Digging deeper, he touches upon a glaring truth. If eco-friendly isn’t going to last for longer than what’s cheaper and familiar, then this industry will be limited to only those who can afford these products on repeat. It is imperative that the solution becomes sustainable as well. 

“Let me give you an example. You pick up a pair of shoes that are non leather, but that are made from cheap PU or red zone. They will last you for six months to twelve months. Alright? And I have seen with my own eyes people wearing our shoes for the last four to five years. Again, we are using microfiber that will last people longer. So the idea is to give an upgrade in quality which will increase the life as well.”

“80% of the Indian population is actually using Rexine and PU. I’ll throw up an interesting factor. One out of every three footfalls in the world is found in India. So India accounts for 33% of all the footwear in the world. So that’s also a huge number.”

“You know, this revolution has happened in India.It is still something that is in its initial stages india.This is something that has only been started working in the last five, seven years that is becoming mainstream india. People are raising, you know, like a sustainable environment, sustainable use, and sustainable products.”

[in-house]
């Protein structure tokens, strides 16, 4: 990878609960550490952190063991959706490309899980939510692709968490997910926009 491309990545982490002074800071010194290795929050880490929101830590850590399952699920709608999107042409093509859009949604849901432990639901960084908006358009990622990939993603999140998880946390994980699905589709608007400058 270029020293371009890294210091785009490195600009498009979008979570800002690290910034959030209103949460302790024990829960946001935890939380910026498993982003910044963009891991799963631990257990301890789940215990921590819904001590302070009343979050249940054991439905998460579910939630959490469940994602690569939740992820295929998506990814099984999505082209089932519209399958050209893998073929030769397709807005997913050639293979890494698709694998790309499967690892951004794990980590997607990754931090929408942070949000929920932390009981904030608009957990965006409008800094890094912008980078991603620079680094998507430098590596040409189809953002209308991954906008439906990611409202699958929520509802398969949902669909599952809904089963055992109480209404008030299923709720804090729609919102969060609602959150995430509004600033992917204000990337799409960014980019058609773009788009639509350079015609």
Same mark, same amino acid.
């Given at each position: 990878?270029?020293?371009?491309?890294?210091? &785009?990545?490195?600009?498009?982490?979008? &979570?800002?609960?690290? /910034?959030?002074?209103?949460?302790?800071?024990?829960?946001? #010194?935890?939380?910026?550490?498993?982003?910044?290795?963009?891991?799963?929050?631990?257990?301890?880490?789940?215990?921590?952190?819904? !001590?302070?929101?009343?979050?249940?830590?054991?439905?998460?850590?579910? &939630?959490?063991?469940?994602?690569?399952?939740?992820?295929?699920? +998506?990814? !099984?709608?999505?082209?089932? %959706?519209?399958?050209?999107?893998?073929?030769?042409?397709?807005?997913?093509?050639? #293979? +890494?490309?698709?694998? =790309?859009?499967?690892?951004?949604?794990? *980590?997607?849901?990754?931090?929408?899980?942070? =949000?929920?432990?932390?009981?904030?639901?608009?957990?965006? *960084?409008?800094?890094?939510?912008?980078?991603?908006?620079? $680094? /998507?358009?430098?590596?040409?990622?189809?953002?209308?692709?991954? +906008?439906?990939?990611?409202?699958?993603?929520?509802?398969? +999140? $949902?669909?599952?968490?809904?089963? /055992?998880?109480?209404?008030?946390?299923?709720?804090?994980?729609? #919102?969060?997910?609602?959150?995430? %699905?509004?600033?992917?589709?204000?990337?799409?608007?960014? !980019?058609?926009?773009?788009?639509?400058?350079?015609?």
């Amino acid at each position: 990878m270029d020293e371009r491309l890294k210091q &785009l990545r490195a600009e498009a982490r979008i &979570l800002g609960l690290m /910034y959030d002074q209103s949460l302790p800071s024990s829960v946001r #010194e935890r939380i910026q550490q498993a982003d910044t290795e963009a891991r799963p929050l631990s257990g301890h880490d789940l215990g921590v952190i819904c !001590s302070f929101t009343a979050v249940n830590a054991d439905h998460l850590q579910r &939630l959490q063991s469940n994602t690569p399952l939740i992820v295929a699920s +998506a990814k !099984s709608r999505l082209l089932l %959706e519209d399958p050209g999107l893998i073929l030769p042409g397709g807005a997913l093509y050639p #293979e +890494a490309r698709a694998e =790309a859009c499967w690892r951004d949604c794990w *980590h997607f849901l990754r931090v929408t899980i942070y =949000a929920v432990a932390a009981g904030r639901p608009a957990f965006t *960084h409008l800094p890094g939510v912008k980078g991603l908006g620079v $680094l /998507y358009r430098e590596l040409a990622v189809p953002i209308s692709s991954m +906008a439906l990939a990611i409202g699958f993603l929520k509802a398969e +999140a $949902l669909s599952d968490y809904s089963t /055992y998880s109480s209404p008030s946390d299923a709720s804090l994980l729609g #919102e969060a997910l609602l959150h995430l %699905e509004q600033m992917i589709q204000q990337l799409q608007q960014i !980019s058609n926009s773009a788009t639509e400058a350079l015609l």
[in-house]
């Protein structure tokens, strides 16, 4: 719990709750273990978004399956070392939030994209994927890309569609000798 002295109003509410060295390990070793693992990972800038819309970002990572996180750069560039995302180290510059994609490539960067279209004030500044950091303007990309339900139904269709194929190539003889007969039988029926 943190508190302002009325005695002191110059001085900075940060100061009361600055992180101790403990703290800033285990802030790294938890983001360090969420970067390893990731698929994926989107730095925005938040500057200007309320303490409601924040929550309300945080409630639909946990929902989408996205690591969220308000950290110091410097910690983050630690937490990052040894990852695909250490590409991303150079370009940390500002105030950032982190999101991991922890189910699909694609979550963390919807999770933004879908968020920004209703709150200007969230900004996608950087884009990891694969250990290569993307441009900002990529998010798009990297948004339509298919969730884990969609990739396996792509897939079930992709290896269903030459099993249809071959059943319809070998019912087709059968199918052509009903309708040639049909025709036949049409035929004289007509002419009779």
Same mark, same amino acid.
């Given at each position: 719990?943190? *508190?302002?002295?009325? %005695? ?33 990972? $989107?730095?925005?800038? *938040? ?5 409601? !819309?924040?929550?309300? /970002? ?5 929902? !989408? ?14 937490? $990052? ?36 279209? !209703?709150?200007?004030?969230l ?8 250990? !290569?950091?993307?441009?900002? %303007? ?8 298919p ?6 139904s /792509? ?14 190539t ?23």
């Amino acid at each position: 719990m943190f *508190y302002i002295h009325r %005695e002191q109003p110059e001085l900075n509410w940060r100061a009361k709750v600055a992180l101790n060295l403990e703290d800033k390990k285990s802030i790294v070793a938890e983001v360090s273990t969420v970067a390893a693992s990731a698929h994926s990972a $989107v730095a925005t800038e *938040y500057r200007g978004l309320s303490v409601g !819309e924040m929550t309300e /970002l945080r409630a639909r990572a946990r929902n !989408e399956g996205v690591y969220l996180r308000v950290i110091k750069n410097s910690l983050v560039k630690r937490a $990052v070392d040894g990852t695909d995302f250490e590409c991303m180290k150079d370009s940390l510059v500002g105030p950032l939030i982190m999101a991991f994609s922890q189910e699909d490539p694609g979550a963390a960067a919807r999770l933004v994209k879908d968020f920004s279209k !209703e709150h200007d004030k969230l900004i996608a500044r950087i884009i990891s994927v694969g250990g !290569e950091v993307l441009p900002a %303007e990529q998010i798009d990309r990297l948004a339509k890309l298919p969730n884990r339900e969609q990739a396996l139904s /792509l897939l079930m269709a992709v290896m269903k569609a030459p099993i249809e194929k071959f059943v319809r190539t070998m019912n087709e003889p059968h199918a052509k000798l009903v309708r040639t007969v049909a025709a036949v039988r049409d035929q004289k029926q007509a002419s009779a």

“Definitely the time is right. India is still a small market in this context. Europe and us are really leading the way when it comes to accepting and embracing the sustainable culture. But the fundamentals remain the same. The biggest market is for the right product at the right price. Irrespective of what it’s made of.”

Sustaining the sustainability business

A black image and about ethik approved vegan written on it

Brands like Ethik are becoming a beacon of hope to revolutionize consumer behavior by imbibing it with consumer responsibility. However, the onus of revolution always lies on the manufacturer rather than the consumers. And when that happens, it will invariably happen at a large scale. Course-correcting his approach, Bharat shares his experience:

“There’s a word of caution here. Eco friendly has to go hand in hand with durability. See, if you’re going to make products just from eco-friendly materials, but if they’re not going to last too long, then anyway, your carbon footprint is increasing.”

“Our shoes are made from this material, which is called microfiber. Now, microfiber is made from recycled plastic bottles, okay? So although it is non leather and cruelty free, it is not eco friendly. It would take a lot of time to decompose, But it is not derived from animals. So at least you’re solving one part of the problem.”